Students must select one of the following options:
Residence and Quality of Work
- Minimum 2.000 GPA in all COM ARTS and major courses
- Minimum 2.000 GPA on at least 15 credits of upper-level work in the major, in residence. (Major courses with Intermediate or Advanced level are considered upper-level).
- 15 credits of COM ARTS major courses (200-699) taken on the UW-Madison campus.
Honors in the Major in Communication Arts
Students may apply to pursue Honors in the Communication Arts major in consultation with a Communication Arts undergraduate advisor. To be accepted students must have:
- Completed the fundamentals course and the two core courses for their declared option and
- Earned a minimum 3.500 GPA in all COM ARTS courses
Honors in the Communication Arts Major Requirements
To earn Honors in the Major in Communication Arts, students must satisfy both the requirements for the major (above) and the following additional requirements:
- Minimum 3.300 University GPA
- Minimum 3.500 GPA for all COM ARTS major courses
- Complete the requirements for the declared major option, to include:
- All theory, history, criticism courses taken to meet the regular major requirements within the declared option must be 400 level or higher.
- One additional theory, history, criticism course at the 400 level or higher.
- Three theory, history and criticism courses must be completed on campus.
- A two-semester senior honors thesis in COM ARTS 681 and COM ARTS 682, for a total of 6 credits.1
Submission and approval of a Senior Honors Thesis Proposal is required prior to the term in which students enroll for COM ARTS 681 Senior Honors Thesis. See the Communication Arts undergraduate advisor for current process. Approval of the completed thesis by the thesis advisor and a second Communication Arts faculty member is required.
University Degree Requirements
|Total Degree||To receive a bachelor's degree from UW–Madison, students must earn a minimum of 120 degree credits. The requirements for some programs may exceed 120 degree credits. Students should consult with their college or department advisor for information on specific credit requirements.|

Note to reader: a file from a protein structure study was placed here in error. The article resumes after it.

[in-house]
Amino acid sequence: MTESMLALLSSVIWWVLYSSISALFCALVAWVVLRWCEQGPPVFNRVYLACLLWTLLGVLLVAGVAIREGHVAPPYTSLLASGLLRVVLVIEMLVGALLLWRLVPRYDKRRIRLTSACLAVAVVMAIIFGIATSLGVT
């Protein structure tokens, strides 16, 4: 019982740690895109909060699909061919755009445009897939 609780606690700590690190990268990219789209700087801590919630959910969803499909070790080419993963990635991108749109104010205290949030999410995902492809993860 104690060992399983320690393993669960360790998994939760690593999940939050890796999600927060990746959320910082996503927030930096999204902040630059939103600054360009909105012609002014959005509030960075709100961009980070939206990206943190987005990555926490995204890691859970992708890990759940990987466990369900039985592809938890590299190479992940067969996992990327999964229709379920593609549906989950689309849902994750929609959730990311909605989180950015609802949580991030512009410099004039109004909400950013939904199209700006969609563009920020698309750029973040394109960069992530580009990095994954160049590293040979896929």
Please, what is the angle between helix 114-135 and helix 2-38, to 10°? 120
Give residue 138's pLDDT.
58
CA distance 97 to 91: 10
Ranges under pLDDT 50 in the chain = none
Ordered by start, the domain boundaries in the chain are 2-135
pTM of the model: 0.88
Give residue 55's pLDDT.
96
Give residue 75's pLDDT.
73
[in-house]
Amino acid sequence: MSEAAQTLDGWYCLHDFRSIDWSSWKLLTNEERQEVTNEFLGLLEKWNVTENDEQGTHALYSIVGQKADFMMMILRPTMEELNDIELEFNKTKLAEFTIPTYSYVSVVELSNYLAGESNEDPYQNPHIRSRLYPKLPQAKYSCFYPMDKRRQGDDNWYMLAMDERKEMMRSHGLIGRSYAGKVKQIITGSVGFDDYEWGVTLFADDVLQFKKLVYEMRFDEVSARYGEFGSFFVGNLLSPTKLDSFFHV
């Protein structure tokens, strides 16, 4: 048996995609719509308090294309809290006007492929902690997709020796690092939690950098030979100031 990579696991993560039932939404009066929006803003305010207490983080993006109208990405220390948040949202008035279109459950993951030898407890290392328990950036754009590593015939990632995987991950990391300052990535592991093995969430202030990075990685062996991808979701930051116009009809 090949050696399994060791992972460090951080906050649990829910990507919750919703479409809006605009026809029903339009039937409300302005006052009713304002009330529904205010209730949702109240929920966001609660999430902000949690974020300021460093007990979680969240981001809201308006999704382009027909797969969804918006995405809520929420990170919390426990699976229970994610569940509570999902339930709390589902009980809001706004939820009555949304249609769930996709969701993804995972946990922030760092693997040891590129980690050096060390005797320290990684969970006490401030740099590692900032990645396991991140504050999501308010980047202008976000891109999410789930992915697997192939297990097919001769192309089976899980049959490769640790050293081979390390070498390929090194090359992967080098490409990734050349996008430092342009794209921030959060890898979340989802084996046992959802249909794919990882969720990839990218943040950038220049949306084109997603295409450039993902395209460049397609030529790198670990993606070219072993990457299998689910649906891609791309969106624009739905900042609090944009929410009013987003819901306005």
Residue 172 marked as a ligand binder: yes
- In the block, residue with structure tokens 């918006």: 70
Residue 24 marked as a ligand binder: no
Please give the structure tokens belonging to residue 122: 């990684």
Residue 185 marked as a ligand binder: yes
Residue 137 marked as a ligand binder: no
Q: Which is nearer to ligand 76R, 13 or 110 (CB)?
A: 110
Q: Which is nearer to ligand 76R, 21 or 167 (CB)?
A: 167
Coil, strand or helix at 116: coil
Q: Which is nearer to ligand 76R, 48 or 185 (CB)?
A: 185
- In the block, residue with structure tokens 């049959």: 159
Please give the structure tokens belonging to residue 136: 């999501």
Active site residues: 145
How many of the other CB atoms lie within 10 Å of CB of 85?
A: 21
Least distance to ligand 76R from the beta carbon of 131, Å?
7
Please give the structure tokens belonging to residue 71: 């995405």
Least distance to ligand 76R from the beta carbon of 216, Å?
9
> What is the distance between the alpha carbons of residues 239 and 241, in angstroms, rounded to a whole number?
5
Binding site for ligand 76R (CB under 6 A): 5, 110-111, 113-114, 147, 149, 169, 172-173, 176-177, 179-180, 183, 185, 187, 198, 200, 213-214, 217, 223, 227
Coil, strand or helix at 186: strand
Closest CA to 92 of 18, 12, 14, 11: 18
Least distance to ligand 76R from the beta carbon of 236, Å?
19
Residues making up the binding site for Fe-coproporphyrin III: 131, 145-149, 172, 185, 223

|Residency||Degree candidates are required to earn a minimum of 30 credits in residence at UW–Madison. "In residence" means on the UW–Madison campus with an undergraduate degree classification. “In residence” credit also includes UW–Madison courses offered in distance or online formats and credits earned in UW–Madison Study Abroad/Study Away programs.|
|Quality of Work||Undergraduate students must maintain the minimum grade point average specified by the school, college, or academic program to remain in good academic standing. Students whose academic performance drops below these minimum thresholds will be placed on academic probation.|
- Explain core content in either of the two tracks: Communication Science and Rhetorical Studies or Radio-TV-Film.
- Analyze communication from theoretical, historical, and critical perspectives.
- Communicate effectively in writing, orally, or via the creation of media content.
- Participate in communication practices that support diversity, equity, and inclusion for the historically marginalized.
Communication Arts Academic Advising
Steffie Halverson, 6114 Vilas Hall, 608-262-2285, firstname.lastname@example.org
Mary Rossa, 6068 Vilas Hall, 608-262-0992, email@example.com
Communication Arts courses
The Communication Arts Department offers a wide array of courses. All the courses listed in the Guide are not offered each semester. Please see Course Search and Enroll for current course offerings.
The communication and media career advisor assists students with career preparation, such as exploring career options, learning internship and job search strategies, and writing resumes and cover letters.
Pam Garcia-Rivera, 5114 Vilas Hall, 608-890-1046, firstname.lastname@example.org
career Exploration and preparation
The Department of Communication Arts encourages students to apply the knowledge and skills they attain through coursework to professional settings. Internships and part-time jobs at television networks, nonprofit organizations, talent agencies, magazines, radio stations, advertising agencies, production companies, government agencies, and other communication-related businesses help students gain work-related experience and explore career options. Advising emails and postings provide communication arts majors with information on opportunities across the country.
Communication arts offers a one-credit, online academic course to accompany a student's internship experience: COM ARTS 614 Field Experience in Communication and COM ARTS 615 Second Field Experience in Communication .